# Publications

## Navier-Stokes Equations Do Not Describe the Smallest Scales of Turbulence in Gases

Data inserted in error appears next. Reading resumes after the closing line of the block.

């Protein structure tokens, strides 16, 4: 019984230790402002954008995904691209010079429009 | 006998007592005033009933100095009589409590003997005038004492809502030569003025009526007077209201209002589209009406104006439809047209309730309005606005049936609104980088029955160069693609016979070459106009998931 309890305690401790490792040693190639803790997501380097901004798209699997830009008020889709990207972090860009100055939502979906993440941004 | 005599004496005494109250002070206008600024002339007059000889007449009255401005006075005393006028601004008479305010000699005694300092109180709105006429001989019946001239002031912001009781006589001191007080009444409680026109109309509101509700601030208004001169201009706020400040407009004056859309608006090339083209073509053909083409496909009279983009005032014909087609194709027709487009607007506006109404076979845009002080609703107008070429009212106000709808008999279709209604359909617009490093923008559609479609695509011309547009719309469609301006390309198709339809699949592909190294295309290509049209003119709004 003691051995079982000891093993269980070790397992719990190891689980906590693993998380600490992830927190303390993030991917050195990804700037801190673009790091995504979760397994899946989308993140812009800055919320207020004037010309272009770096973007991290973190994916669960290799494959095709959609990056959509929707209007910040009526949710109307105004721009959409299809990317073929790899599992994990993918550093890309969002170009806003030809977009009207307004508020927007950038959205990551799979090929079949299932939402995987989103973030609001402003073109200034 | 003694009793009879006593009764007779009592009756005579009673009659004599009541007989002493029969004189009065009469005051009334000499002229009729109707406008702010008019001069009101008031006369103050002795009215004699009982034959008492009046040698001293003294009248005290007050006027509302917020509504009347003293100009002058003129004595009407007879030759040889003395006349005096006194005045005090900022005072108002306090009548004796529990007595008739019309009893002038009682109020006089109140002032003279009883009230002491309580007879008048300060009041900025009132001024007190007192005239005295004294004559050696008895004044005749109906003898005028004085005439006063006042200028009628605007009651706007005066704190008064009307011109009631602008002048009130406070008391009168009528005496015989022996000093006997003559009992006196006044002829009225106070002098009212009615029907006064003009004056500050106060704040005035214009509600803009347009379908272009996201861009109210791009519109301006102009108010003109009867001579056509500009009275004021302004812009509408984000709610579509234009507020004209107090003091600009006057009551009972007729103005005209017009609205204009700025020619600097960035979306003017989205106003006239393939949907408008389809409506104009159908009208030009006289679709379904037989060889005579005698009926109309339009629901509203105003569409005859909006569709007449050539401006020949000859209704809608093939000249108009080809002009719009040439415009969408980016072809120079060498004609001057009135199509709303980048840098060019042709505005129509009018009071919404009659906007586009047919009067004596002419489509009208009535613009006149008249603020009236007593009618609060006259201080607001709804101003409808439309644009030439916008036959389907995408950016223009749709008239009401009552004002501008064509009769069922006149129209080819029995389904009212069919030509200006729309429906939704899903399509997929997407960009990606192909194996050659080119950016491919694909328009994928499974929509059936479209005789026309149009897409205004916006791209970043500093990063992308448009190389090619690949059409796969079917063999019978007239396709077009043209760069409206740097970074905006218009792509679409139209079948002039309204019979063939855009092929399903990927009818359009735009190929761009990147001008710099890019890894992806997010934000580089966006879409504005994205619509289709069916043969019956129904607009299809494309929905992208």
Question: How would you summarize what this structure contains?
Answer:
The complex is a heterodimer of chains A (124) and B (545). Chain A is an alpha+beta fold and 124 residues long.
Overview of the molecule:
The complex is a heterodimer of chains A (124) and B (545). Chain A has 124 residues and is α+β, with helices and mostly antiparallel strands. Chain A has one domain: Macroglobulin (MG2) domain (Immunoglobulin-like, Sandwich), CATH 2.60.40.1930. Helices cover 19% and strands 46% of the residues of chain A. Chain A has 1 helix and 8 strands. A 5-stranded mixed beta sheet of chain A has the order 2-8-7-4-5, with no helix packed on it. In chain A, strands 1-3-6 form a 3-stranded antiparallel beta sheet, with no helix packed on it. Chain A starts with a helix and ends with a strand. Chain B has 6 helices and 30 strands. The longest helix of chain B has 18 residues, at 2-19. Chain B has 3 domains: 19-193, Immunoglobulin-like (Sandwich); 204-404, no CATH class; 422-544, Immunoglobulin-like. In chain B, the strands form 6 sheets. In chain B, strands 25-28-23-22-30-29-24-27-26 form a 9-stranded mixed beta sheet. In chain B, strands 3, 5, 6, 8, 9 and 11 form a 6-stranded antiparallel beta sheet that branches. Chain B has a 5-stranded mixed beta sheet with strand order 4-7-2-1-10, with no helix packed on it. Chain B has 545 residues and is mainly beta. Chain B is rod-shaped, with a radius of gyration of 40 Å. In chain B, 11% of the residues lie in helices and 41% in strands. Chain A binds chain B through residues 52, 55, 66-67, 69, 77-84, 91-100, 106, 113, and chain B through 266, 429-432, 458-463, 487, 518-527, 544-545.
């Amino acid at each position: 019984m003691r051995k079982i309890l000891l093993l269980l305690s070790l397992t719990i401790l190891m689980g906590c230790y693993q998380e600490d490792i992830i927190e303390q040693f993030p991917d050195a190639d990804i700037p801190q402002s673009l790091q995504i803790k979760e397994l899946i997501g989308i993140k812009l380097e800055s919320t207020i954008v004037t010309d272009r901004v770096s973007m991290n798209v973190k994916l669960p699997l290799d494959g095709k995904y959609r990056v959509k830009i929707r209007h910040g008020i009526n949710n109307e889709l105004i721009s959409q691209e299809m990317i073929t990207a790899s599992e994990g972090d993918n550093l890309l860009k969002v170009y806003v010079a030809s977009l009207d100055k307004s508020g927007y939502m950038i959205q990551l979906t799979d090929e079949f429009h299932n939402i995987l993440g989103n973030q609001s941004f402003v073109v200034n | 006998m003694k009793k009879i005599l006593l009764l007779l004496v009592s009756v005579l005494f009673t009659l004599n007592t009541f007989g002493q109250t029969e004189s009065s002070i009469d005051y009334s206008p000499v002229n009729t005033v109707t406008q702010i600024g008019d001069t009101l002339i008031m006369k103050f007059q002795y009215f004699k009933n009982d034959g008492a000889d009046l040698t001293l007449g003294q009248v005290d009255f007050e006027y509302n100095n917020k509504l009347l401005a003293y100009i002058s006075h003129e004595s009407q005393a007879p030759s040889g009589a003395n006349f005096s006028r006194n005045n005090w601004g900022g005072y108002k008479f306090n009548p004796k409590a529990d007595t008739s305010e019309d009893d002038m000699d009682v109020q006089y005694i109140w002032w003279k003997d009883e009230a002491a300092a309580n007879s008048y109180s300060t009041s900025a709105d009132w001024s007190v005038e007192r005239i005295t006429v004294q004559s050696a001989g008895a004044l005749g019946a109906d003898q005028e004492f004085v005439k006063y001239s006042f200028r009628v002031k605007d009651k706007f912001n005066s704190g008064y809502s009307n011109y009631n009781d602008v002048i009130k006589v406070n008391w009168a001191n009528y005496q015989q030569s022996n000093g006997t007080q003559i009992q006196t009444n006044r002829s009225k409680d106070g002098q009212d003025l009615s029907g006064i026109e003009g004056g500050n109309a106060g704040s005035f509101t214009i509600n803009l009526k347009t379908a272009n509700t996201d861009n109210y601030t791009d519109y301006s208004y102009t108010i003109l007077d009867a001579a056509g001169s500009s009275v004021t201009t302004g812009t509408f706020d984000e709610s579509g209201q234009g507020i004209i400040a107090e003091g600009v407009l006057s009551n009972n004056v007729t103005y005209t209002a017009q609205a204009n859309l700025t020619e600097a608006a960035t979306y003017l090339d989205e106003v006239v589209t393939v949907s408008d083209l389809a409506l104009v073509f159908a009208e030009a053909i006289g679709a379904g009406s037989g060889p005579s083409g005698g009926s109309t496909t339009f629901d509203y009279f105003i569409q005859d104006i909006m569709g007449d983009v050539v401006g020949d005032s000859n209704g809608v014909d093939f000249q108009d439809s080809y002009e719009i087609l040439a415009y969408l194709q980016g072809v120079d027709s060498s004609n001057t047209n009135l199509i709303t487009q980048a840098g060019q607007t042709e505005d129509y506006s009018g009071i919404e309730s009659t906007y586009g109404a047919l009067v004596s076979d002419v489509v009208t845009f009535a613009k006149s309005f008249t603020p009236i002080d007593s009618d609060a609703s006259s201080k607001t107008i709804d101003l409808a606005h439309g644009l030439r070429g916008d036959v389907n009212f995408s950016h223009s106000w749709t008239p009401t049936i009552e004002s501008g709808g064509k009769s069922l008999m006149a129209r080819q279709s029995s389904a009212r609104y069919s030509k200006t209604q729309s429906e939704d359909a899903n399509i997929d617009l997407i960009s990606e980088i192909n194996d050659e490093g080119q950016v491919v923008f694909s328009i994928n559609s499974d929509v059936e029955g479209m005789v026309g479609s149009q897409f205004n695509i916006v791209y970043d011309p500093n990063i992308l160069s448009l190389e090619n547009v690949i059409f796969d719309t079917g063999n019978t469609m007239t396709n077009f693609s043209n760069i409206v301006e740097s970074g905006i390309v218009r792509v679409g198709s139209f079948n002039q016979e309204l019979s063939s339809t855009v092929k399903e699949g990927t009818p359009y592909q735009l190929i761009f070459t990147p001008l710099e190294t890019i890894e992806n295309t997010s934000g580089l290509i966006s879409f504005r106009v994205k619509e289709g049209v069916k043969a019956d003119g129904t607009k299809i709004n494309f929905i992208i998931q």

In turbulent flows, kinetic energy is transferred from the largest scales to progressively smaller scales, until it is ultimately converted into heat. The Navier-Stokes equations are almost universally used to study this process. Here, by comparing with molecular-gas-dynamics simulations, we show that the Navier-Stokes equations do not describe turbulent gas flows in the dissipation range because they neglect thermal fluctuations. We investigate decaying turbulence produced by the Taylor-Green vortex and find that in the dissipation range the molecular-gas-dynamics spectra grow quadratically with wave number due to thermal fluctuations, in agreement with previous predictions, while the Navier-Stokes spectra decay exponentially. Furthermore, the transition to quadratic growth occurs at a length scale much larger than the gas molecular mean free path, namely in a regime that the Navier-Stokes equations are widely believed to describe. In fact, our results suggest that the Navier-Stokes equations are not guaranteed to describe the smallest scales of gas turbulence for any positive Knudsen number.